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Keeping your lawn green despite summer heat
Northwest lawns are starting to go dormant. Keeping them green is a challenge this time of the year.
But if you mow higher and water longer and less frequently, an inch a week, you will be going in the right direction.
I like it when the lawns go dormant. That tells me it is time to just work on pruning.
Plants do need some water during our dry spells, but be careful. Know the plant. Disease and insects are active this time of the year as well.
If you over water, it puts stress on the plant, inviting those insects and diseases to come in.
In my earlier columns, I went over mulching your plants. Mulch holds moisture in the soil; it feeds the plant and reduces the amount of weeds.
With the dry, hot days, working on the weeds is a lot of work. So have the right tools, such as weed pulling tools, organic herbicides like white vinegar and a product called “Burn Out II.”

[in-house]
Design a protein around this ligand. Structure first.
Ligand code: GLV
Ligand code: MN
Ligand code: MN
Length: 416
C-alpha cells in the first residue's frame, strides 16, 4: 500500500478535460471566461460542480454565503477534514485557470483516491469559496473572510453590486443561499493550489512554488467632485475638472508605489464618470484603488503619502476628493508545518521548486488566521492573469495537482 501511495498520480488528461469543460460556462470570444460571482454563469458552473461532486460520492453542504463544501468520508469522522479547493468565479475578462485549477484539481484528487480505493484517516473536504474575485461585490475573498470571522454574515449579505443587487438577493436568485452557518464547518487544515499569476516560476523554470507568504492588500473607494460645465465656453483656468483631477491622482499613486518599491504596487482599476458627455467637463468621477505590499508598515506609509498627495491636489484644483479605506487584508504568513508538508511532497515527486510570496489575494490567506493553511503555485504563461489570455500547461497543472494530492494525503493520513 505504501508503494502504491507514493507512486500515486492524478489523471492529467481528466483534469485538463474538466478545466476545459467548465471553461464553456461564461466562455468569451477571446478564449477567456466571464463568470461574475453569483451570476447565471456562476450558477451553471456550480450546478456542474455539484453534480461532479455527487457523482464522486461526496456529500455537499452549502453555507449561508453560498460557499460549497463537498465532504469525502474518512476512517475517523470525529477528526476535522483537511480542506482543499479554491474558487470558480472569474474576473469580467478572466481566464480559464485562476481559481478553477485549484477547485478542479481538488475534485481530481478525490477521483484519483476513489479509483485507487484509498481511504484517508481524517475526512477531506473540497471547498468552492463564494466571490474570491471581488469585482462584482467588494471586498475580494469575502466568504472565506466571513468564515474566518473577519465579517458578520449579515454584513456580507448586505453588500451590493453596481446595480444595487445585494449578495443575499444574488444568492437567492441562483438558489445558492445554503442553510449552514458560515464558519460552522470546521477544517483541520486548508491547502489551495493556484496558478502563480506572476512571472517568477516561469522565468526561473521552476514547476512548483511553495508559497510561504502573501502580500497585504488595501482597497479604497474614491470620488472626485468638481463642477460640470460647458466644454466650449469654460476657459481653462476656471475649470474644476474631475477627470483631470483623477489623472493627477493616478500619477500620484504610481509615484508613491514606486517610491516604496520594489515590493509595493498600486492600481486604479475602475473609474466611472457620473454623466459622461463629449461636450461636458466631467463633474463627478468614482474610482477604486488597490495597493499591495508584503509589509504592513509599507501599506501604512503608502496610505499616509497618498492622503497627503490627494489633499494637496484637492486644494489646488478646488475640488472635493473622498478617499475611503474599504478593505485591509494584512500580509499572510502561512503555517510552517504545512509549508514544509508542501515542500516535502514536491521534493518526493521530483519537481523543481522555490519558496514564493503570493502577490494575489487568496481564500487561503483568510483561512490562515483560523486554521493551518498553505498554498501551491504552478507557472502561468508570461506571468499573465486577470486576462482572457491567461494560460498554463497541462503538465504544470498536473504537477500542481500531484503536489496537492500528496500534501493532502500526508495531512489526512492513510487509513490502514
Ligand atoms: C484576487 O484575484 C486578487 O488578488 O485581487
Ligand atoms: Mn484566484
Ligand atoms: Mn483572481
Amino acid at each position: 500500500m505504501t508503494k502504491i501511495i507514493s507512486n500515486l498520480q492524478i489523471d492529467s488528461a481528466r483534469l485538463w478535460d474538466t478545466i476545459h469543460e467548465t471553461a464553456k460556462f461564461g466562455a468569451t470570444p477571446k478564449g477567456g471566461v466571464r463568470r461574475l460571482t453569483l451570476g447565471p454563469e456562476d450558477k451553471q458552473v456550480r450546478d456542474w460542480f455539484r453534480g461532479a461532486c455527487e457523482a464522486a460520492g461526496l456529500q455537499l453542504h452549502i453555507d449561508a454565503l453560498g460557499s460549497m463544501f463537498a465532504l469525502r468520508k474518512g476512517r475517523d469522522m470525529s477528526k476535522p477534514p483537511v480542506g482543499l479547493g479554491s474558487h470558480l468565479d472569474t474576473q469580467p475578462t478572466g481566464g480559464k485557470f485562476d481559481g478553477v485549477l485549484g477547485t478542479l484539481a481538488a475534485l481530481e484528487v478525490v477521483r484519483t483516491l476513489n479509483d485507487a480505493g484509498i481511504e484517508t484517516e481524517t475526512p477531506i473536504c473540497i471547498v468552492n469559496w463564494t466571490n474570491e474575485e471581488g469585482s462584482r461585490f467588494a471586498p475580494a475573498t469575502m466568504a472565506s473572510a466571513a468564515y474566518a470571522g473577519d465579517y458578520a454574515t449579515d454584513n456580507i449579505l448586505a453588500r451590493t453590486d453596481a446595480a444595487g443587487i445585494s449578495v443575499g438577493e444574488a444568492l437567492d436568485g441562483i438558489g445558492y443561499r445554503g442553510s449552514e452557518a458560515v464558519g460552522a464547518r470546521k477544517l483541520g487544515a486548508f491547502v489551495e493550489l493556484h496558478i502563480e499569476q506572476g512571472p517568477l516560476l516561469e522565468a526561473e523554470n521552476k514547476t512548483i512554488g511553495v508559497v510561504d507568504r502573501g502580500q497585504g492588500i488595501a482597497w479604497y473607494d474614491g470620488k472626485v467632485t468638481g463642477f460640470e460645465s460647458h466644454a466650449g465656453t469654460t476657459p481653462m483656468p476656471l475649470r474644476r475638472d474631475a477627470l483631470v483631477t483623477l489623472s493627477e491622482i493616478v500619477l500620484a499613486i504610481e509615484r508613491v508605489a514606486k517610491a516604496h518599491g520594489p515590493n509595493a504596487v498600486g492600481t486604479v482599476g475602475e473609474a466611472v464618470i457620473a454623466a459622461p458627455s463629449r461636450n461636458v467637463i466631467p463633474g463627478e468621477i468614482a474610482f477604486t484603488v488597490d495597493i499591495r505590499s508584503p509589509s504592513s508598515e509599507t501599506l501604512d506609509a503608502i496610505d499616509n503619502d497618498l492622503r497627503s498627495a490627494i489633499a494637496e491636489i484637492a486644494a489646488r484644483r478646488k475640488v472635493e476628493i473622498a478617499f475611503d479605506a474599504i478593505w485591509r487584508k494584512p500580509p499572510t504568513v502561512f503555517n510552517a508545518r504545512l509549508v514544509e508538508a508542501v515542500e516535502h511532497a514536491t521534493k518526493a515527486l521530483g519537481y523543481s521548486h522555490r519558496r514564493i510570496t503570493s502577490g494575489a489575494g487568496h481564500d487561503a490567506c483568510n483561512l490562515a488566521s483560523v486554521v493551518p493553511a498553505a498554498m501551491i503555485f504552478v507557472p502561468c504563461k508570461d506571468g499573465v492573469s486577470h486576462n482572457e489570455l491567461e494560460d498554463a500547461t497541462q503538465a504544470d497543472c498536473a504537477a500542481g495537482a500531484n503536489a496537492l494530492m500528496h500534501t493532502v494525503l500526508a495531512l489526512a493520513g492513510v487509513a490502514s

Be careful and always read labels. Safety should always be your number one priority. Herbicides should only be used as a last resort.
More of anything is never better. And with lawns, stay away from weed and feeds. It is overkill, and exposes children and pets to pesticides.
Contact your local Master Gardeners’ office for publications about weed and feed. If you have weeds all over your lawn, take long-term steps to improve soil quality.
Wait until fall to top dress your lawn with some nice compost and feed the soil. It will take some time to get it in top shape, but it will happen. Being a natural and organic gardener takes patience.
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